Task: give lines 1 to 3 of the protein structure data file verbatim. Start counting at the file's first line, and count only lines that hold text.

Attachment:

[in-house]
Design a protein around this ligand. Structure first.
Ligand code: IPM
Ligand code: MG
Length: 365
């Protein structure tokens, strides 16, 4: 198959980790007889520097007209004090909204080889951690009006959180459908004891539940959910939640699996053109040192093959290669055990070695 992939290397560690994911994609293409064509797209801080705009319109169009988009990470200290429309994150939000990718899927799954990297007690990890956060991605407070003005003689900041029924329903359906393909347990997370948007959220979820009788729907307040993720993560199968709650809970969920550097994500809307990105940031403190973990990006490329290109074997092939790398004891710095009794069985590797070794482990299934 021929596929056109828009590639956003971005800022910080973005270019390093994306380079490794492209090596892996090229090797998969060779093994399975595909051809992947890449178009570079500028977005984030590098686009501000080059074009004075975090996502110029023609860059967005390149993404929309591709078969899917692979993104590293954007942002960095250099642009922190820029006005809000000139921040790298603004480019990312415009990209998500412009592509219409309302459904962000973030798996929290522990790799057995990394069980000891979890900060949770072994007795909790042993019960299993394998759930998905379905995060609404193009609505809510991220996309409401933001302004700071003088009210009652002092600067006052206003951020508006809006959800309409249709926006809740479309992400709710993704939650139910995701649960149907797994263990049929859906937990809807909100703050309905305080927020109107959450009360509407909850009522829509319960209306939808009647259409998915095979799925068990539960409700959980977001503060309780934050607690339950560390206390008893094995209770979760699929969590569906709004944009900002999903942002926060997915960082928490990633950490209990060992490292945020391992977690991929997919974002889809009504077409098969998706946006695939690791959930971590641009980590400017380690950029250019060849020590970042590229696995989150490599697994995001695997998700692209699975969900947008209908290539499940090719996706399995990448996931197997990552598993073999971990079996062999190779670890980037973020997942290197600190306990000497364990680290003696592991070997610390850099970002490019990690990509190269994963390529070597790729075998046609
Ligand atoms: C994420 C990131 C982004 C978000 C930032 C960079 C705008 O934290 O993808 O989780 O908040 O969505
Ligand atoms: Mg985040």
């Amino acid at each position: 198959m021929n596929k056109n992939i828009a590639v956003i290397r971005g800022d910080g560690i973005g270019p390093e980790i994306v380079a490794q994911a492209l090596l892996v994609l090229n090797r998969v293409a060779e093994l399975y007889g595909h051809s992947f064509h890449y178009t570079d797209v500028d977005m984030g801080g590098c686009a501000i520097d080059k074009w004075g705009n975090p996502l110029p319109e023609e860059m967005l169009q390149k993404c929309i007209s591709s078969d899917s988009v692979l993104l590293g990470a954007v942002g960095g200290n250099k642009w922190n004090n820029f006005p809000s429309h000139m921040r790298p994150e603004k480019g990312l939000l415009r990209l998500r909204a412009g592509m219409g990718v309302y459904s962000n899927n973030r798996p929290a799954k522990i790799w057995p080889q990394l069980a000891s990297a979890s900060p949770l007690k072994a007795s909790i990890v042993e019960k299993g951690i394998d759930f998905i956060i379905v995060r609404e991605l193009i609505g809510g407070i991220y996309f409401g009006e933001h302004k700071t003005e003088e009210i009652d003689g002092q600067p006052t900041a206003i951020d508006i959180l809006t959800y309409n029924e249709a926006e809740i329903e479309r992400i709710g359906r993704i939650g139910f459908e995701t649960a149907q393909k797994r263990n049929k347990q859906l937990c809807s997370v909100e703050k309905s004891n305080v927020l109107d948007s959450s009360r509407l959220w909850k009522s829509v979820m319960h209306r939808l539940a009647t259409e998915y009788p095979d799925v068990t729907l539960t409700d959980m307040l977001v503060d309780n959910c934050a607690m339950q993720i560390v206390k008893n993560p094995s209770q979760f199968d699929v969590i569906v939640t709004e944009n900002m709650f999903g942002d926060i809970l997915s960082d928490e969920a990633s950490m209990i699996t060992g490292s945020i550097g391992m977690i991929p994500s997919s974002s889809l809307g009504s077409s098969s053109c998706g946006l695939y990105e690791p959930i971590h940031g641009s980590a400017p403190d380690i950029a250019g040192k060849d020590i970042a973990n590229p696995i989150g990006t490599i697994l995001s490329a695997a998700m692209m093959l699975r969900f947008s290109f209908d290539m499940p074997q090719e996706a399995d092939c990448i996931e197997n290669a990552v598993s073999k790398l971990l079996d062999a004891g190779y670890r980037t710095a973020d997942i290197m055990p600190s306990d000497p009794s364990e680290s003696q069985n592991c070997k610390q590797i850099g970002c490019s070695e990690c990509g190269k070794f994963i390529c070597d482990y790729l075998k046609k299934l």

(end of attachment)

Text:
[in-house]
Design a protein around this ligand. Structure first.
Ligand code: IPM